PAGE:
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Silicon Photonics

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ROADMS: When "-less" is more

The telecom industry is right up there when it comes to acronyms and complex naming schemes but it is probably no worse than other industries.

One only has to look at neighbouring IT and cloud computing in particular with its PaaS, IaaS and SaaS (Platform-, Infrastructure- and Software-as-a-Service).

But when it comes to agile optical networking and the reconfigurable optical add-drop multiplexer (ROADM), what is notable is the smarts that are being added and yet all are described using the “-less” suffix: colourless, directionless, contentionless and gridless.

These are all logical names once the enhancements they add are explained. But as Infonetics Research analyst Andrew Schmitt has pointed out, the industry could do better with its naming schemes. Even the most gifted sales person may be challenged selling the merits of a colourless, directionless product.

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Wireless backhaul: The many routes to packet 

What is being announced?

ECI Telecom has detailed its wireless backhaul offering that spans the cell tower to the metro network. The 1Net wireless backhaul architecture supports traditional Sonet/SDH to full packet transport, with hybrid options in between, across various physical media.

“We can support any migration scheme an operator may have over any type of technology and physical medium, be it copper, fibre or microwave,” says Gil Epshtein, senior product marketing manager, network solutions division at ECI Telecom.


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Ten years gone: Optical components after the boom

Vladimir Kozlov has been covering the optical components industry as an analyst since the optical boom of 2000. Here he reflects on the industry over the last decade.


Average gross margin by industry. Source: LightCounting

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ROADMs: reconfigurable but still not agile

Briefing: Dynamic optical networks

Part 2: Wavelength provisioning and network restoration

How are operators using reconfigurable optical add-drop multiplexers (ROADMs) in their networks? And just how often are their networks reconfigured? gazettabyte spoke to AT&T and Verizon Business.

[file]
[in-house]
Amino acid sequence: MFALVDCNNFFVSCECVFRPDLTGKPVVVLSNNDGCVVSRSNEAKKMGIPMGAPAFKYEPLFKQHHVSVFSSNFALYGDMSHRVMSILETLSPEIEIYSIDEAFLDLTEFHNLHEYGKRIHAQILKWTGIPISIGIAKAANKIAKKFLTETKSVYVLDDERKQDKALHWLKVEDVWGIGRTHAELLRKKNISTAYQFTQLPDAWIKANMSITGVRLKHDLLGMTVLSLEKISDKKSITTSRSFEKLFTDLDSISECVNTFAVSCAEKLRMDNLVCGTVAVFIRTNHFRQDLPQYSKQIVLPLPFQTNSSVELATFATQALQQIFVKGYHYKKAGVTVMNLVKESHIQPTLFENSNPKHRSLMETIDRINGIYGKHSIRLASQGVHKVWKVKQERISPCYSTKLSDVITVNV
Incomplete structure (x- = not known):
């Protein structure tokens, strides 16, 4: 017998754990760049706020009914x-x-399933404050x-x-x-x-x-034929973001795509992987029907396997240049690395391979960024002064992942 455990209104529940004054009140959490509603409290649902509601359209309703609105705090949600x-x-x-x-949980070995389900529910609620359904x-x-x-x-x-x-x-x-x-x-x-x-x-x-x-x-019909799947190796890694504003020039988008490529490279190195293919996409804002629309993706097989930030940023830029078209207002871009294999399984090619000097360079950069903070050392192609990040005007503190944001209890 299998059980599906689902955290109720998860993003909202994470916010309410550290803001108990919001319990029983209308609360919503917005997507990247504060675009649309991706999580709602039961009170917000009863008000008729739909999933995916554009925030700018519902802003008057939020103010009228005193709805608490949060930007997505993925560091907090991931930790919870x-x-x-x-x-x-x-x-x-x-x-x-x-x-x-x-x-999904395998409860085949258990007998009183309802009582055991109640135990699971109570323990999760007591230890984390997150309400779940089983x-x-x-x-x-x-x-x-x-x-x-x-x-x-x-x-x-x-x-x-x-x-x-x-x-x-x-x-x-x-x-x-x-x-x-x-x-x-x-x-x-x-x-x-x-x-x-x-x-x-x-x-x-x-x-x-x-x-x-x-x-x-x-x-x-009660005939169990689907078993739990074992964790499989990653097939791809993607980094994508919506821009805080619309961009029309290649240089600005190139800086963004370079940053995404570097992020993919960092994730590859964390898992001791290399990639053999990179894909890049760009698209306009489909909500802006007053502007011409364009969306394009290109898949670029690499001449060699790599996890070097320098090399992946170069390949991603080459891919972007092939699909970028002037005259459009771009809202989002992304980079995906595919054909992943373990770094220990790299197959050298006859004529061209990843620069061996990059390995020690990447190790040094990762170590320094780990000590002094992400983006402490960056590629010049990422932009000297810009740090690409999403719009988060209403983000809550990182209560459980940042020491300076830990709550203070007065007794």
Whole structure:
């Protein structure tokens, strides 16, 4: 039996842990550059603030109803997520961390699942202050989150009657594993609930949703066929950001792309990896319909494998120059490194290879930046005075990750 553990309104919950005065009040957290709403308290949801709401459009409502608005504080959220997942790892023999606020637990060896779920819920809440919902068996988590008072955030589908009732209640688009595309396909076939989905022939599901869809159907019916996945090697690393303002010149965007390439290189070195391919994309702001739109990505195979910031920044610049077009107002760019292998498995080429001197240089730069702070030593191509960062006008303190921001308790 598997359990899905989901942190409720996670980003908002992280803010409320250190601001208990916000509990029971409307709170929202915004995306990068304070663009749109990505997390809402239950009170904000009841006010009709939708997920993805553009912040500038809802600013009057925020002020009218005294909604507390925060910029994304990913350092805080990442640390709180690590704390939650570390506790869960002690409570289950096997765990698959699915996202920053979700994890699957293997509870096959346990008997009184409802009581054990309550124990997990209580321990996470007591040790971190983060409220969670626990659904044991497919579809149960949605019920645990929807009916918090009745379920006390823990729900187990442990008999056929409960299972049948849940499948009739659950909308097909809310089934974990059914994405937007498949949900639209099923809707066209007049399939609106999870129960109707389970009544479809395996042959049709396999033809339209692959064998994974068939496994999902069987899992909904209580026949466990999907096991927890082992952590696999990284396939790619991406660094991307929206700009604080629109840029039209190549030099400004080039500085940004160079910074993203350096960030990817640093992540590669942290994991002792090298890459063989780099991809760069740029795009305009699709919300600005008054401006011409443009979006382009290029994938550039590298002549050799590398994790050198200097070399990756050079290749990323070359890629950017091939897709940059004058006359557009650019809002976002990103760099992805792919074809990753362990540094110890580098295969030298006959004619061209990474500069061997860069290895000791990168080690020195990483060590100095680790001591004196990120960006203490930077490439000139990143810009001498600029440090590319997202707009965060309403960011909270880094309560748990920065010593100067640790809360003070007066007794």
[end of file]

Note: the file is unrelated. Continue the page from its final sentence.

Operators rarely make grand statements about new developments or talk in terms that could be mistaken for hyperbole. 

“You create new paths; the network is never finished”

Glenn Wellbrock, Verizon Business

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Still some way to go

Briefing: Dynamic optical networking 

Part 1: The vision .... back in 2000

I came across this article (below) on the intelligent all-optical network. I wrote it in 2000 while working at the EMAP magazine, Communications Week International, later to become Total Telecom.

What is striking is just how much of the vision of a dynamic photonic layer is still to be realised.  Back then it had also been discussed for over a decade. And bandwidth management, like in 2000, is still largely at the electrical layer.

And yet much progress has been made in networking technology. But the way the network has evolved means that a more flexible photonic layer, while wanted by operators, is only one aspect of the network optimisation they seek to reduce the cost of transporting bits.

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ASICs and digital signal processing heat up the optical marketplace

Guest blog on Lightwave magazine, click here


Oclaro: R&D key for growth 

Alain Couder, Oclaro’s CEO, explains why he is upbeat about the photonics market and optical networking in particular.


“We didn’t sell to Intel,” explains Alain Couder, the boss of Oclaro. “Intel looked for a fab[rication plant] that has good VCSEL technology and that could scale and they found us.”  

Couder was talking about how Oclaro became a supplier of vertical-cavity surface-emitting lasers (VCSELs) for Intel’s Light Peak optical cable interface technology. VCSELs are part of Oclaro’s Advanced Photonics Solutions, a division addressing non-telecom markets accounting for between 10 and 15 percent of the company’s revenues.

“I believe very clearly that if a component is available on the market, even if you are a module builder, you are much better off selling to your competition rather than having others do so.”

Alain Couder, Oclaro

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